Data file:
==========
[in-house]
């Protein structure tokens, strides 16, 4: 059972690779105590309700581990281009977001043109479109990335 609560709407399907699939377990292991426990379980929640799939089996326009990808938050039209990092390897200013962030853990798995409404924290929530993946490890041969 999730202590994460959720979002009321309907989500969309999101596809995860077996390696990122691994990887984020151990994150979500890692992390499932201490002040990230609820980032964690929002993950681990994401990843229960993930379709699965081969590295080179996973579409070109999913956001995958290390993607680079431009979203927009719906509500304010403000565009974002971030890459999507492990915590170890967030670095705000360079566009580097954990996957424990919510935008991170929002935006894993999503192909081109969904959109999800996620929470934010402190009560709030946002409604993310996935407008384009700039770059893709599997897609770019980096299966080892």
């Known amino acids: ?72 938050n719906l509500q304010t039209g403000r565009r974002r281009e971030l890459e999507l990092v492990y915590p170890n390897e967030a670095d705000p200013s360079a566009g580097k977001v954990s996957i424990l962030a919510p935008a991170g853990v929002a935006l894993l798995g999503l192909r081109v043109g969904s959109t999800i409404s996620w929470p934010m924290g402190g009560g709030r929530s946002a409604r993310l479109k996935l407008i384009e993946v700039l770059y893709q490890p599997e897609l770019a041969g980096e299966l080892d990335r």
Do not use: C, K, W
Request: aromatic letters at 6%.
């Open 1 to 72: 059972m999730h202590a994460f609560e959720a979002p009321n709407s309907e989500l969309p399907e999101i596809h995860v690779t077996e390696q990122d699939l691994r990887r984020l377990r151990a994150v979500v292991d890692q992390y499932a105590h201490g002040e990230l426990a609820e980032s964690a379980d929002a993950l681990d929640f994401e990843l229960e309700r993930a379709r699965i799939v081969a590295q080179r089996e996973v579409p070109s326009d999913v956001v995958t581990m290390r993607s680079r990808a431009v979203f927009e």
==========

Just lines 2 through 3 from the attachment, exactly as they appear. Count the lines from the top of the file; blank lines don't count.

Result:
């Protein structure tokens, strides 16, 4: 059972690779105590309700581990281009977001043109479109990335 609560709407399907699939377990292991426990379980929640799939089996326009990808938050039209990092390897200013962030853990798995409404924290929530993946490890041969 999730202590994460959720979002009321309907989500969309999101596809995860077996390696990122691994990887984020151990994150979500890692992390499932201490002040990230609820980032964690929002993950681990994401990843229960993930379709699965081969590295080179996973579409070109999913956001995958290390993607680079431009979203927009719906509500304010403000565009974002971030890459999507492990915590170890967030670095705000360079566009580097954990996957424990919510935008991170929002935006894993999503192909081109969904959109999800996620929470934010402190009560709030946002409604993310996935407008384009700039770059893709599997897609770019980096299966080892």
């Known amino acids: ?72 938050n719906l509500q304010t039209g403000r565009r974002r281009e971030l890459e999507l990092v492990y915590p170890n390897e967030a670095d705000p200013s360079a566009g580097k977001v954990s996957i424990l962030a919510p935008a991170g853990v929002a935006l894993l798995g999503l192909r081109v043109g969904s959109t999800i409404s996620w929470p934010m924290g402190g009560g709030r929530s946002a409604r993310l479109k996935l407008i384009e993946v700039l770059y893709q490890p599997e897609l770019a041969g980096e299966l080892d990335r």